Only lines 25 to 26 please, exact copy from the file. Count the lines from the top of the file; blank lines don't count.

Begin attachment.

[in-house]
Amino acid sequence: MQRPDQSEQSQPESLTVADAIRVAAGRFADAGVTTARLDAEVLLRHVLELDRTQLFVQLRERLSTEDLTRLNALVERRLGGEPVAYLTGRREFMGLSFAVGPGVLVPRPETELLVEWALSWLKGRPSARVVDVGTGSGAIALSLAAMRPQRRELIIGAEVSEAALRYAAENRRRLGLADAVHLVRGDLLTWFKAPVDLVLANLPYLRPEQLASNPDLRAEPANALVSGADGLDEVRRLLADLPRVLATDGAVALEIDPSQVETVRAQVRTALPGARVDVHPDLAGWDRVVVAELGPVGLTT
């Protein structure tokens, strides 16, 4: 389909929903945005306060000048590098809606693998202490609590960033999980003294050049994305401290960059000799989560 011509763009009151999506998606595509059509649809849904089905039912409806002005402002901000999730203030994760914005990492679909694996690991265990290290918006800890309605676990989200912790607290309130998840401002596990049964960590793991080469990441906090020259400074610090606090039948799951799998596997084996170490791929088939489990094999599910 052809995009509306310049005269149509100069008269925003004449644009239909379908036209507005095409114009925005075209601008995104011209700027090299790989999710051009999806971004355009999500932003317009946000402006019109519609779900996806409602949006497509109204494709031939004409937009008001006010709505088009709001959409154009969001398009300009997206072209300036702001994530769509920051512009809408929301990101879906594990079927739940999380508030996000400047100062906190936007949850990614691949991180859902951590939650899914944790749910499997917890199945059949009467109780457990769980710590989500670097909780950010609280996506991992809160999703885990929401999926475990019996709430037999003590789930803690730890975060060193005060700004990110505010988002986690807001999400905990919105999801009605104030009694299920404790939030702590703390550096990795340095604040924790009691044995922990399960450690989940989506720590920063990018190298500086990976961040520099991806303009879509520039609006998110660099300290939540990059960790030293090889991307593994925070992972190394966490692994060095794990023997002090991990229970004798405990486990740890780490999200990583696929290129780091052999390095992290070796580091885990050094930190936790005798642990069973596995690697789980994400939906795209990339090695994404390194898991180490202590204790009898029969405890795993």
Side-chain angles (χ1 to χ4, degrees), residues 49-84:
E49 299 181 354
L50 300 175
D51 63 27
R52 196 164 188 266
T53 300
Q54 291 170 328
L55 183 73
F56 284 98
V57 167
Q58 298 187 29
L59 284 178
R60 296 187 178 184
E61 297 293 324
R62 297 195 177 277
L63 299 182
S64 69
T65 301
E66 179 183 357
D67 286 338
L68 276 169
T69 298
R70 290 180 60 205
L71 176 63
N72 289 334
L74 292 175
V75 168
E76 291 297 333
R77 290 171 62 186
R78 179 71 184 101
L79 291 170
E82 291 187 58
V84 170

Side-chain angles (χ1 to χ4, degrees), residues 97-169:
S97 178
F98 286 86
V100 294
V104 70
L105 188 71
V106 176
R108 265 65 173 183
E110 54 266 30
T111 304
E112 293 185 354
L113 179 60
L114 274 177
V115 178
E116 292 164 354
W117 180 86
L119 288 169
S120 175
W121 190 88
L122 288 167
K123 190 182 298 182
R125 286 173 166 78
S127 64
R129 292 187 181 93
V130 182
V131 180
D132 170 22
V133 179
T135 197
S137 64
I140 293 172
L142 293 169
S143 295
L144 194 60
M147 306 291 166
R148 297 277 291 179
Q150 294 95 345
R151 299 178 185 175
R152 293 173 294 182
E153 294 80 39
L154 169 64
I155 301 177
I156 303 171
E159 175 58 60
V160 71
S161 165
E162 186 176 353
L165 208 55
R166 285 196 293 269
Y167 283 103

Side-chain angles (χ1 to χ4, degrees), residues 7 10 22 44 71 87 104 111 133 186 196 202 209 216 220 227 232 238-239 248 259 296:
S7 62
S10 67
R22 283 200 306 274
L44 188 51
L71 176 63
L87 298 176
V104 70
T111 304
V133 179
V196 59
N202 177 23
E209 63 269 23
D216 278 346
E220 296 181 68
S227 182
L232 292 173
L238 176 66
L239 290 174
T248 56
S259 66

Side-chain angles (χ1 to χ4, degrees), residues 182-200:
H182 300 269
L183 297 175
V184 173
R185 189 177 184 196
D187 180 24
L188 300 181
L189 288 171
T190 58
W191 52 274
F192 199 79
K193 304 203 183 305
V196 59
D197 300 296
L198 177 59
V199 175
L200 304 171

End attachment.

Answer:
T69 298
R70 290 180 60 205